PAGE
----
Aerial views of Herstmonceux Castle showing the wartime hutments

Erected at the start of World War Two as office and sleeping accommodation for the Hearts of Oak Benefit Society whose headquarters were evacuated to the Castle from London in 1939, the hutments formed part of the estate acquired by the Admiralty when it was purchased as the new home for the Royal Observatory in 1947. They were subsequently converted for Observatory use until such time as more permanent buildings could be erected elsewhere on the estate. The first of the wartime buildings to be demolished was the hut in the courtyard, which was removed in 1952/3. Apart from a number of air raid shelters, the rest were cleared in early 1958, after the completion of the West Building and the Equatorial Group. The last of the air raid shelters were removed in 1977/8.

Herstmonceux Castle and hutments c.1950. To the left of the Castle, three of the estate cottages can be seen. On the extreme left is the detached cottage occupied by the Head Messenger, Mr A Lankford. To its right are two semi-detached cottages that were initially occupied by workmen from Chatham and known as No.1 and No.2 Garage Cottages. The Astronomer Royal's private quarters were in the east wing of the castle (on the right). His car was kept in the garages adjoining the cottage of the Head Messenger. The open space at the end of the bridge leading to the Castle was known as the South Courtyard. The hutments to its right and left were occupied the Nautical Almanac Office; the Machine Section containing the Hollerith machines being in the U-shaped block, and the ordinary office accommodation in the L-shaped one. The small hutment on the south side of South Court is the boiler house. It stood in the middle of a row of three hutments facing the roadway. The one to its left had its left hand section converted into the temporary chronometer workshop (the office, packing and rating rooms being accommodated in the Castle). The smaller hut at the left end of the range (which is slightly nearer the camera) became an extension to the chronometer workshop. The hutment below the main chronometer workshop was used as a hostel for the workers from Chatham, the smaller hutment beneath it being the hostel for the male Observatory staff. The entrances to the air-raid shelters can be seen just above the road immediately to the left of hutments occupied by the Nautical Almanac Office. Photo courtesy of Herstmonceux Castle Archives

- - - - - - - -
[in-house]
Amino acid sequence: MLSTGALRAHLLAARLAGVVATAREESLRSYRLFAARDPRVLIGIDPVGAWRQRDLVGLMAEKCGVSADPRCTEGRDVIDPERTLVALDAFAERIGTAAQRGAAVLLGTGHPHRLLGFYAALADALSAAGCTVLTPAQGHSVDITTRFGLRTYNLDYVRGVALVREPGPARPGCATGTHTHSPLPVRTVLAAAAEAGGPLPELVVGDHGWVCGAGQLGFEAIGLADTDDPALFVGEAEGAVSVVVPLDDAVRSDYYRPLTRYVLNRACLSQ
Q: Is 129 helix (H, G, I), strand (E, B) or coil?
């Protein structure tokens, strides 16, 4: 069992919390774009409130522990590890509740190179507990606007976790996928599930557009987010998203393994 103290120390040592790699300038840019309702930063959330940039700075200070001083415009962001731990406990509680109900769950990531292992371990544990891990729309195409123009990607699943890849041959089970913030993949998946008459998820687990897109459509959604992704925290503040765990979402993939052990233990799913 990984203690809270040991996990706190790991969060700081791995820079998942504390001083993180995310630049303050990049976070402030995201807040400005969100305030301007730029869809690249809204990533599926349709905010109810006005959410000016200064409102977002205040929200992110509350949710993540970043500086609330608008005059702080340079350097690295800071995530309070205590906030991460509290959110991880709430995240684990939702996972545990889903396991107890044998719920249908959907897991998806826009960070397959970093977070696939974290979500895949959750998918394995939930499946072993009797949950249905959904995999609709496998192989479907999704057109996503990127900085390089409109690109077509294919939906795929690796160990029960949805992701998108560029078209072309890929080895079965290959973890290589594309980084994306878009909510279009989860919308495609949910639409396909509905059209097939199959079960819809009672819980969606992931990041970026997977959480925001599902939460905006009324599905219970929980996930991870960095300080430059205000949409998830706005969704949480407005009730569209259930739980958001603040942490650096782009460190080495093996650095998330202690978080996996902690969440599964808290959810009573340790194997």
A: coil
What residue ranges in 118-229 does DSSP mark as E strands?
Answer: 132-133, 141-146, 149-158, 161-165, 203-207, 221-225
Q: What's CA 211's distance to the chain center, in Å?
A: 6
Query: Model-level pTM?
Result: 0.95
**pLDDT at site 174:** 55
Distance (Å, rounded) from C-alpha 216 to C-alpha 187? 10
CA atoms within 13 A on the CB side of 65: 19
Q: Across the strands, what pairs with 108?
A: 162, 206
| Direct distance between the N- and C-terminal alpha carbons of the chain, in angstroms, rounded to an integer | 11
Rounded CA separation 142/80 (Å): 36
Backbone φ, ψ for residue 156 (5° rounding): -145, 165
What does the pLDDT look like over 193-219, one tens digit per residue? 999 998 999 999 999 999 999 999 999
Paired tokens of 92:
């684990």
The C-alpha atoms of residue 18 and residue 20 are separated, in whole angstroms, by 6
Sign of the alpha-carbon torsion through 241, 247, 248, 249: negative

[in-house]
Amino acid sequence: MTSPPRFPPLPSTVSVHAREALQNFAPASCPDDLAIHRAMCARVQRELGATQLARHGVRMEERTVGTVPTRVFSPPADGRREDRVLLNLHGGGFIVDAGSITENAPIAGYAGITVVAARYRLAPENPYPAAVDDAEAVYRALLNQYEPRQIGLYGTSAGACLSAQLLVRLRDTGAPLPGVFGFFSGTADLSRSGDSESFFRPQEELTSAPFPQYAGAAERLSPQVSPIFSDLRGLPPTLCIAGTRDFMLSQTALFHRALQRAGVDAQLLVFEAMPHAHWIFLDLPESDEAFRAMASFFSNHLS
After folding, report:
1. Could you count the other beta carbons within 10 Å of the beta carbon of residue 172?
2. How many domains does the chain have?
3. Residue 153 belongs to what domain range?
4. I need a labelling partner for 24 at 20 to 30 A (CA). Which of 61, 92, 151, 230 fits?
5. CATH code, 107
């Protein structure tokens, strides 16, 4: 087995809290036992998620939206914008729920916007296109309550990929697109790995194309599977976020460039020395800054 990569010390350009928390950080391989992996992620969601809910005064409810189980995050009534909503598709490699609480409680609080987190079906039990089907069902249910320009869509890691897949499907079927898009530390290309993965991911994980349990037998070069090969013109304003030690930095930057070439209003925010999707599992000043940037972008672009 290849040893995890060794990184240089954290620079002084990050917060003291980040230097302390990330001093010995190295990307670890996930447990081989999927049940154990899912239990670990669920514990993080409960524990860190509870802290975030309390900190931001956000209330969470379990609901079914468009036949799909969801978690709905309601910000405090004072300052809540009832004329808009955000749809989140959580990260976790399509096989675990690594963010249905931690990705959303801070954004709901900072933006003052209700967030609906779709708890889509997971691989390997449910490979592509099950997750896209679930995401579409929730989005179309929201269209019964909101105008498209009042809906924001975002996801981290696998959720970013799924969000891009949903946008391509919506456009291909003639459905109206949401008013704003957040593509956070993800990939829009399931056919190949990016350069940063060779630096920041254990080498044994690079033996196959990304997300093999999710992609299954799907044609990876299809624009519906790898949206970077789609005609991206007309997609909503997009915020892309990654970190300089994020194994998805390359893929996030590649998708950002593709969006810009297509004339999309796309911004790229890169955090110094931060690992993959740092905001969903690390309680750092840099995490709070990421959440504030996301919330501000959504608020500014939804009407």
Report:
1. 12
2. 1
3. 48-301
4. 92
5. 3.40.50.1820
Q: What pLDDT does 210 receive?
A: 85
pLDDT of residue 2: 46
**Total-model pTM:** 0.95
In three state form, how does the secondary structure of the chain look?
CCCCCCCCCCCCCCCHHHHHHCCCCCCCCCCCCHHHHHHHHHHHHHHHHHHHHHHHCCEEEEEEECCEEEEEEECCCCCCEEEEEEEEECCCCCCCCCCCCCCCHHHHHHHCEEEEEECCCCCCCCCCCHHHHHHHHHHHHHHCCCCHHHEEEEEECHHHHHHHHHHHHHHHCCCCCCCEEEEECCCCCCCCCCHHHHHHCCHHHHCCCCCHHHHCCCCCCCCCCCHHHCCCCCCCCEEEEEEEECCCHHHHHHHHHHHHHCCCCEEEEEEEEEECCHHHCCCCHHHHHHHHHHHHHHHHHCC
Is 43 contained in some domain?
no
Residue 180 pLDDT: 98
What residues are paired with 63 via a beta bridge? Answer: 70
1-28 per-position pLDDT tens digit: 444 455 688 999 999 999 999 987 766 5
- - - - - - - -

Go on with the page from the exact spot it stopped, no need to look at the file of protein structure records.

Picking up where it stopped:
Images taken by Aerofilms in 1946 & 1948 in the archives of Heritage England

With one exception, the links below are arranged in pairs showing the Castle as seen from roughly the same angle on each of the two dates. They are ordered in a clockwise direction, starting with views from the east and ending with views from the west. In the 1948 images, some of the workmen stationed at Herstmonceux to convert the hutments for Observatory use can be seen.

The first image provides the best view of the hutment in the Castle courtyard that was used as a dining room. The air raid shelter was located to the west of the western end of the moat. The various views suggest it had five entrances as well as several escape hatches, two of which can be clearly seen in the last image, where one is open.

The images can be viewed on either the Historic England or the Britain from Above website. The images can be viewed at high resolution on both sites, but to do so on the Britain from Above website you need to log in. The Britain from Above site also allows logged in users to leave comments. Some of these are incorrect and as such caution is required when reading them.

Historic England ref.
Britain from Above ref.
1948, Apr 13 EAW014362 EAW014362 Negative (damaged)
1946, Jul 03 EAW001455 EAW001455
1948, Apr 13 EAW014359 EAW014359 Print
1946, Jul 03 EAW001454 EAW001454
1948, Apr 13 EAW014361 EAW014361 Print
1948, Apr 13 EAW014360 EAW014360 Print
1946, Jul 03 EAW001453 EAW001453

* Where no source is indicated, it is assumed that the digital image has been created from the original negative.